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Astronomy Report
Renee Garifi
Observations taken Sol 10 02/02/2016

Sky Conditions:
Wind Conditions:
Observation Start Time:
Observation End Time:
Naked eye observation
We had an opportunity to wave at our friends on the ISS as they flew in an
arc over MDRS. Beginning at 18:46 PM on Sol 10, Commander Scott Kelly and
his crew were visible for 3 minutes at a maximum height of 86°, appearing
24° above SW and disappearing 28° above NE, over the hab. The visiting
photographer captured the ISS flyover with his camera.

Objects viewed: International Space Station

Problems encountered: None.
Astronomy Report
Renee Garifi
Observations taken Sol 11 02/03/2016

Sky Conditions:
Mostly clear
Wind Conditions:
Observation Start Time:
Observation End Time:


Visual Astronomy
I practiced calibration using the two-star alignment method. It was
successful but I would like to repeat the steps with additional calibration
stars for accuracy. I performed systems checks of the observatory dome,
shutter, power and lighting systems as well as visual inspections of the
telescope mount and lenses. Replaced the burnt out red light bulb and
placed the spare in the observatory storage drawer. Dome was able to rotate
a full 360 degrees. The clacking noises observed by the last crew during
telescope slewing were not heard but I will keep an ear out for them.

Imaging Astronomy
I mounted the CCD camera to try and image one of the five visible planets
as they are currently aligned in the SE-SW sky arc. Due to dropping
temperatures, I was unable to stay outside long enough to focus correctly
in the CCDOPS software but it served as a good practice for setup
procedures and confirming equipment and connections are working correctly;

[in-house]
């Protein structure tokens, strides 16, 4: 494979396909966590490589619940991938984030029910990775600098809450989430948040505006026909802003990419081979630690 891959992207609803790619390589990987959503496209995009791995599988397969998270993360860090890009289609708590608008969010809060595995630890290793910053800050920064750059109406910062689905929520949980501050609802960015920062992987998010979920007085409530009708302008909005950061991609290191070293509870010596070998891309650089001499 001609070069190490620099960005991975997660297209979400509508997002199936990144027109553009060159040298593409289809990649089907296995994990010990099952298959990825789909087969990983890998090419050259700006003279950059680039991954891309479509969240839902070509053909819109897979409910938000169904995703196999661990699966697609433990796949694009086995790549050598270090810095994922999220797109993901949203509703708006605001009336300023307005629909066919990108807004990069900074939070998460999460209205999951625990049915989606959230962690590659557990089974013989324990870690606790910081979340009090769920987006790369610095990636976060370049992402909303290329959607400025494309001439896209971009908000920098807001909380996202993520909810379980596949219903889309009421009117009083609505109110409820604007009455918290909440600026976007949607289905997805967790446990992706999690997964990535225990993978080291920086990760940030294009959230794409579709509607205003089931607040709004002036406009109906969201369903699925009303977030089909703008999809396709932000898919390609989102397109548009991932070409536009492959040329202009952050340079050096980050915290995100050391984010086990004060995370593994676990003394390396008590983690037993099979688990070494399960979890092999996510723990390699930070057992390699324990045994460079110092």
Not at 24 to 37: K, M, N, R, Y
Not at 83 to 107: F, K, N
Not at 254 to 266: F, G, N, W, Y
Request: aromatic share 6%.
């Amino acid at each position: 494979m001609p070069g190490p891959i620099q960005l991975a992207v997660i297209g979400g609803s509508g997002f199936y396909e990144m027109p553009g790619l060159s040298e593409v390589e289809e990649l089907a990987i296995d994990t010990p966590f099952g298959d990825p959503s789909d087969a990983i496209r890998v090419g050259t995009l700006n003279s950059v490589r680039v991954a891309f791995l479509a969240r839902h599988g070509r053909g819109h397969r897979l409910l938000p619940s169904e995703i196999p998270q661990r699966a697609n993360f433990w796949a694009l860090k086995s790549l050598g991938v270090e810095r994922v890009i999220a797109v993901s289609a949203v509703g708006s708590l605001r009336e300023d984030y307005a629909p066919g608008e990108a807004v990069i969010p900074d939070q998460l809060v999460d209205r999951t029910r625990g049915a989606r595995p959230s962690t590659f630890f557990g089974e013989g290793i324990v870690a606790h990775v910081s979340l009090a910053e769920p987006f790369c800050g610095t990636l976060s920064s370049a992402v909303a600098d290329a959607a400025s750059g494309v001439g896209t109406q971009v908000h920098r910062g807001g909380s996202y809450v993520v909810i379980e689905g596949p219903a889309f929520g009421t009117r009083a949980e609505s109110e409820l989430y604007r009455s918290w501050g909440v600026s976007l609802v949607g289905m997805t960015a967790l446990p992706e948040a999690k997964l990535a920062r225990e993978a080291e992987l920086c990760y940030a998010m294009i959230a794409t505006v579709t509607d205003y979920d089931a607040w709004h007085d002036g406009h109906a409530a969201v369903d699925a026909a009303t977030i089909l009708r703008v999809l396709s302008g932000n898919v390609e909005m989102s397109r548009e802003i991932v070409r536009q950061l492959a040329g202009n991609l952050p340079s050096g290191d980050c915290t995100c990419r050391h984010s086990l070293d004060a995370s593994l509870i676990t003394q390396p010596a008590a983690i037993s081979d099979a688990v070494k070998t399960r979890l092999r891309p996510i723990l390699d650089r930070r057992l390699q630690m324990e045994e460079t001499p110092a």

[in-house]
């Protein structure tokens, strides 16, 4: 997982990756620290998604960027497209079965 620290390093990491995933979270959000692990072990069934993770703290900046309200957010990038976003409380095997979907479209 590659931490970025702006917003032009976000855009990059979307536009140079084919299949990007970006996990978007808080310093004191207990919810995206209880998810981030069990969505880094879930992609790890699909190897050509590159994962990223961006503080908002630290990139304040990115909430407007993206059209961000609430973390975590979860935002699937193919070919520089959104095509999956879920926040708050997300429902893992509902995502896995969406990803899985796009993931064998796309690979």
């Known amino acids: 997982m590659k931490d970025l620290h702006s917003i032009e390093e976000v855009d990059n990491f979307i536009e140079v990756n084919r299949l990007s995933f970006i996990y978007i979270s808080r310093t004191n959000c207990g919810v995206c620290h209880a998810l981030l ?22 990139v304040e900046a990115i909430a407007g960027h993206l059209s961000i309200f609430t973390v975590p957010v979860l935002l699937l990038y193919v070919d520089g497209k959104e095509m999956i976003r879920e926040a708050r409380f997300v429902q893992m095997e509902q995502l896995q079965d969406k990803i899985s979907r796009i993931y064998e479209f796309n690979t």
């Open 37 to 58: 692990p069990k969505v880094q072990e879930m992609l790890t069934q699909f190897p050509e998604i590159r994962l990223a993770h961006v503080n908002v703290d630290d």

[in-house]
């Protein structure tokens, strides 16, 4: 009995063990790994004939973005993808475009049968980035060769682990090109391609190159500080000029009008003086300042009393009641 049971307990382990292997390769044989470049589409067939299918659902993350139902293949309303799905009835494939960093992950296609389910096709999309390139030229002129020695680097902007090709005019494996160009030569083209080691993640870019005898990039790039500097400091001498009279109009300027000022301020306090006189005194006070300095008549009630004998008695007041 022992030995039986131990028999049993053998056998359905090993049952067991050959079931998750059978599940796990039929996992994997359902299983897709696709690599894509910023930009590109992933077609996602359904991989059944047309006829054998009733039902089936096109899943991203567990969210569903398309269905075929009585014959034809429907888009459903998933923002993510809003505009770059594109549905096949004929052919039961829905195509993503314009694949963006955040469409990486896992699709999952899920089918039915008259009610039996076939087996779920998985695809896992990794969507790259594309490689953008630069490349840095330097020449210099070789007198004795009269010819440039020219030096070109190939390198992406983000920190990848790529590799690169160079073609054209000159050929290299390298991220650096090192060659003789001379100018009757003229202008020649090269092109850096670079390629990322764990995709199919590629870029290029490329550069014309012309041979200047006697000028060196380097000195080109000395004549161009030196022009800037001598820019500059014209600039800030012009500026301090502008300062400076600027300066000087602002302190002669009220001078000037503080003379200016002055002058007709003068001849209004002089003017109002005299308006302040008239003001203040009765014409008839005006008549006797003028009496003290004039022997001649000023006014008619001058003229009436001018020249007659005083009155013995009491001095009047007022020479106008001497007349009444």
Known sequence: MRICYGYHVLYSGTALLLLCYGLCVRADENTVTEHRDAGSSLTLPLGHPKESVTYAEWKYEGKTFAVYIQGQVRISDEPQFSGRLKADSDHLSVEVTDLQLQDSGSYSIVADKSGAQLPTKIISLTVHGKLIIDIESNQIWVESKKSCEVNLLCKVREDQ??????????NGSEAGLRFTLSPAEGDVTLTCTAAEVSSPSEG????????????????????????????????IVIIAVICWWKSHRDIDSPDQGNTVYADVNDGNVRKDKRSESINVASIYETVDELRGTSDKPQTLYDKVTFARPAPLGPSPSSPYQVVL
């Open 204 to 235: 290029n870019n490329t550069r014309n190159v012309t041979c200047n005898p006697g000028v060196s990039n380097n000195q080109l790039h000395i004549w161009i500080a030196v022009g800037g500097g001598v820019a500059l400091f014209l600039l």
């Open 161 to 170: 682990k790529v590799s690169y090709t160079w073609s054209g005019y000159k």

the telescope and the computer are able to successfully communicate.

Objects viewed:
Using 2-star alignment and calibration method:
Ghost of Jupiter Nebula

Problems Encountered: Ice on top of the dome shutter caused it to stick at
first opening. After waiting for it to warm up and nudging it, I was able
to fully open the dome shutter and rotate the dome as needed. Directly
below the shutter closure point in the dome home position, ice had formed
on the floor of the observatory while not in use. I was unable to fully
close the shutter at the end of my session as it had either frozen open in
the cold weather or the shutter battery box had drained while open. I let
it sit in the sun (with telescope stowed in home position and covered) for
2 hours after sunrise and was able to fully close the shutter and secure
the observatory. Photos of shutter frozen shut and ice on floor are

Naked Eye Observation:
Our rotation lines up with the best time for all of 2016 to see Mercury,
Venus, Saturn, Mars and Jupiter together. All five worlds visible 80
minutes before sunrise began at 07:26. The moon was paired up with Saturn
this morning.

Objects viewed:

Problems encountered: Extremely cold temperatures and fatigue by crew
prevented prolonged enjoyment of this astronomical phenomenon.